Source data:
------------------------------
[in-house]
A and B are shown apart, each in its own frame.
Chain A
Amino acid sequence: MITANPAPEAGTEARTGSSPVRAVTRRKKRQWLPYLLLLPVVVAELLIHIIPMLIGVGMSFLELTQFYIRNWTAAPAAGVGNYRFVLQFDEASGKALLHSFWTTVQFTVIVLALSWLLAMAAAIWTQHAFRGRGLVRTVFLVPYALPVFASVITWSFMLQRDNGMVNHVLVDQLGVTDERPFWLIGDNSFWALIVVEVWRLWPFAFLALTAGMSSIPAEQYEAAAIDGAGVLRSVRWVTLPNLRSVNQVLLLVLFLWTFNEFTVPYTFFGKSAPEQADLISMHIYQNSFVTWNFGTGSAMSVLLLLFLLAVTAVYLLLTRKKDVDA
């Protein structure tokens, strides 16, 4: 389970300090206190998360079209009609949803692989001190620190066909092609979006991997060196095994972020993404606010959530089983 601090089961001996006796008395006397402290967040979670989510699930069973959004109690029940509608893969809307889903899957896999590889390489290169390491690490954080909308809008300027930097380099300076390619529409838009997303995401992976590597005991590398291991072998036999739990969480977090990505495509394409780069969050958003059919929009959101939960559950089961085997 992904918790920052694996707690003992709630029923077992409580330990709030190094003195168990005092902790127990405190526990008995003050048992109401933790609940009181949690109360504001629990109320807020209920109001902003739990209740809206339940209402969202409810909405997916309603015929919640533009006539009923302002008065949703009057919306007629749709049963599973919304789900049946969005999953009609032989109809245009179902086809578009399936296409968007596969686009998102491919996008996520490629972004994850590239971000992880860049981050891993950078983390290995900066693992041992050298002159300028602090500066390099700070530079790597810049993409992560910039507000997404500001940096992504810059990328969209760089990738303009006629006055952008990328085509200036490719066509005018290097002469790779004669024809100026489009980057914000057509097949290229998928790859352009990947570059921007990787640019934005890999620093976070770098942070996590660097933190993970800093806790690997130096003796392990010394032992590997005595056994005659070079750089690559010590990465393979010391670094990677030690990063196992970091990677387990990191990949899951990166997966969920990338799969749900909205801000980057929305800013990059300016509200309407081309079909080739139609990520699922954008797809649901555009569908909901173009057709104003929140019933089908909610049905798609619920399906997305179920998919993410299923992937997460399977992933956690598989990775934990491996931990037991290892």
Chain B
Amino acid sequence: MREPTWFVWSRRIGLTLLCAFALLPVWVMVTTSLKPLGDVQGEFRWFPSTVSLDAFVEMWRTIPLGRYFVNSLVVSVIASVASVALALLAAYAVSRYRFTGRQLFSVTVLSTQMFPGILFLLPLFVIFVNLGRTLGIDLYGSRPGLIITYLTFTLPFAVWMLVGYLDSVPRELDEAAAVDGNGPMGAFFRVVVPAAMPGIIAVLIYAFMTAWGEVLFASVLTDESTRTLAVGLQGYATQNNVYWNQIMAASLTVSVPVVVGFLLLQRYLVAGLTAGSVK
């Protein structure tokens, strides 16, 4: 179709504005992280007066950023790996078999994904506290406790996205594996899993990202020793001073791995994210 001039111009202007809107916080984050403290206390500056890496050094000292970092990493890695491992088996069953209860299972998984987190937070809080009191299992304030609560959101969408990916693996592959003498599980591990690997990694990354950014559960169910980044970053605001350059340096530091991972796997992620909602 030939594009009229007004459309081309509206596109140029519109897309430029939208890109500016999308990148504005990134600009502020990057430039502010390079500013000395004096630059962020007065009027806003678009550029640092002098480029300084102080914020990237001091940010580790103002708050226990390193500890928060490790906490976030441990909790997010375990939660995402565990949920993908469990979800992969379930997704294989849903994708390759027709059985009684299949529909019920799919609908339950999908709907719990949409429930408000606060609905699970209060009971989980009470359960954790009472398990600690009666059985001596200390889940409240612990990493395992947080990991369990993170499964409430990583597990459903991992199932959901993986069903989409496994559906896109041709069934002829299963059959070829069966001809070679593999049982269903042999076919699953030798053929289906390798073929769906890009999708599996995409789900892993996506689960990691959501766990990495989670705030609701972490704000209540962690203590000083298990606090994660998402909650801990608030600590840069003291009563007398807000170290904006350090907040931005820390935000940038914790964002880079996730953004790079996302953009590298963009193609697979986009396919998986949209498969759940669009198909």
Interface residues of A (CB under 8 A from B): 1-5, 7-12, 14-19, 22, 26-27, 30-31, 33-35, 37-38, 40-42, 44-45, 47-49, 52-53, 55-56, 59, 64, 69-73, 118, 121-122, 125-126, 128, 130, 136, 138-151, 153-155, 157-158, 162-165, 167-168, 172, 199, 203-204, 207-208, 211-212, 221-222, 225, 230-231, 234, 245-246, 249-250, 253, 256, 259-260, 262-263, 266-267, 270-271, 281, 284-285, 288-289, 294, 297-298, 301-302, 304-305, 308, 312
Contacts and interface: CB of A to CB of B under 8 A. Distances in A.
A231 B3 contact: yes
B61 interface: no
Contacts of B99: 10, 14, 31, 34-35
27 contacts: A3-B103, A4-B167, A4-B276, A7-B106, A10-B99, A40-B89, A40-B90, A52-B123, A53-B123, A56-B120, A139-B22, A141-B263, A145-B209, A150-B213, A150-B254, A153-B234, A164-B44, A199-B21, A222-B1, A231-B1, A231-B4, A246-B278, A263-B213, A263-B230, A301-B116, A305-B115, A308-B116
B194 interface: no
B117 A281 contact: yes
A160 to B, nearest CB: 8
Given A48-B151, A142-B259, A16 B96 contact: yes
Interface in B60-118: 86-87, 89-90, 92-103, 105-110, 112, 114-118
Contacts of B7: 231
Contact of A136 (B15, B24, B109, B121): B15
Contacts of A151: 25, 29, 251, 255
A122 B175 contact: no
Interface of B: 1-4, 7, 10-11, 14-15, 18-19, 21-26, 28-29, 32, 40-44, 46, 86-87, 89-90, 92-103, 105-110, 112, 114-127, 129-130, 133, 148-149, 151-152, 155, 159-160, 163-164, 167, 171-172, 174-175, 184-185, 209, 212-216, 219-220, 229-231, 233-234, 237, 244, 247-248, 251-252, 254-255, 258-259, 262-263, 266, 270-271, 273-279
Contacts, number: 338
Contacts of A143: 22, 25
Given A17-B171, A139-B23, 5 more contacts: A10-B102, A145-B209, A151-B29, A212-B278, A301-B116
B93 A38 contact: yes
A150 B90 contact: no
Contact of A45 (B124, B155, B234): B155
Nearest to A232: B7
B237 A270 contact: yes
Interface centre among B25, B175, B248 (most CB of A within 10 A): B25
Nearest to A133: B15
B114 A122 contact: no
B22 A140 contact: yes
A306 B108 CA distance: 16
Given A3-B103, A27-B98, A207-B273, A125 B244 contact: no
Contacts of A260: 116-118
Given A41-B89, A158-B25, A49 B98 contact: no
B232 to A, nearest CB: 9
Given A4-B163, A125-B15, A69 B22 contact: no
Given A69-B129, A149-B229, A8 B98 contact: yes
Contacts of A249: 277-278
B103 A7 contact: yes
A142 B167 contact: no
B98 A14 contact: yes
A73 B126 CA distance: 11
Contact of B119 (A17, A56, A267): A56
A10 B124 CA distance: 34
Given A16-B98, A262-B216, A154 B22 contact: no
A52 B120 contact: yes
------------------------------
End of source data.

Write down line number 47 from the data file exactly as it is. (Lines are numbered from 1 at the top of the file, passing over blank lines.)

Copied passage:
B98 A14 contact: yes